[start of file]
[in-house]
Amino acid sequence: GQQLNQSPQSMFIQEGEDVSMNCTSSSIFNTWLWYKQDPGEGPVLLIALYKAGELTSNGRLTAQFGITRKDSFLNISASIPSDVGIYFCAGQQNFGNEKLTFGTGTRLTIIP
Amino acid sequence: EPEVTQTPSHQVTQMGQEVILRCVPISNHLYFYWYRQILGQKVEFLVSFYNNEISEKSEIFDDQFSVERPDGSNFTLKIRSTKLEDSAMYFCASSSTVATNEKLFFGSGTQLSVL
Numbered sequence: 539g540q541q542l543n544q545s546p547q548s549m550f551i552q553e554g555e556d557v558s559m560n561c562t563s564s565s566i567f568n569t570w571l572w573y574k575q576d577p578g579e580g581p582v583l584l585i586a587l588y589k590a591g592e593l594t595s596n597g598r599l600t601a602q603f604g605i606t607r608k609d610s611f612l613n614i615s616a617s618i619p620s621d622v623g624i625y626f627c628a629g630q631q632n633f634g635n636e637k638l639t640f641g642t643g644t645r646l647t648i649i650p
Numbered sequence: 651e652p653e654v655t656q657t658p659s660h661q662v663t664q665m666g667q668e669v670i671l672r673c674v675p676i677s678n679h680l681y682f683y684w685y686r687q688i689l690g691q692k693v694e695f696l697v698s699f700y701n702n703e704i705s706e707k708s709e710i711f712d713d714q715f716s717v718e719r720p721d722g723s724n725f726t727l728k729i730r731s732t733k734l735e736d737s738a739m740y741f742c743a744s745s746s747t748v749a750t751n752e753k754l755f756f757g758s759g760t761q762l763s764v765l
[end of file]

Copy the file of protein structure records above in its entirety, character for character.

[in-house]
Amino acid sequence: GQQLNQSPQSMFIQEGEDVSMNCTSSSIFNTWLWYKQDPGEGPVLLIALYKAGELTSNGRLTAQFGITRKDSFLNISASIPSDVGIYFCAGQQNFGNEKLTFGTGTRLTIIP
Amino acid sequence: EPEVTQTPSHQVTQMGQEVILRCVPISNHLYFYWYRQILGQKVEFLVSFYNNEISEKSEIFDDQFSVERPDGSNFTLKIRSTKLEDSAMYFCASSSTVATNEKLFFGSGTQLSVL
Numbered sequence: 539g540q541q542l543n544q545s546p547q548s549m550f551i552q553e554g555e556d557v558s559m560n561c562t563s564s565s566i567f568n569t570w571l572w573y574k575q576d577p578g579e580g581p582v583l584l585i586a587l588y589k590a591g592e593l594t595s596n597g598r599l600t601a602q603f604g605i606t607r608k609d610s611f612l613n614i615s616a617s618i619p620s621d622v623g624i625y626f627c628a629g630q631q632n633f634g635n636e637k638l639t640f641g642t643g644t645r646l647t648i649i650p
Numbered sequence: 651e652p653e654v655t656q657t658p659s660h661q662v663t664q665m666g667q668e669v670i671l672r673c674v675p676i677s678n679h680l681y682f683y684w685y686r687q688i689l690g691q692k693v694e695f696l697v698s699f700y701n702n703e704i705s706e707k708s709e710i711f712d713d714q715f716s717v718e719r720p721d722g723s724n725f726t727l728k729i730r731s732t733k734l735e736d737s738a739m740y741f742c743a744s745s746s747t748v749a750t751n752e753k754l755f756f757g758s759g760t761q762l763s764v765l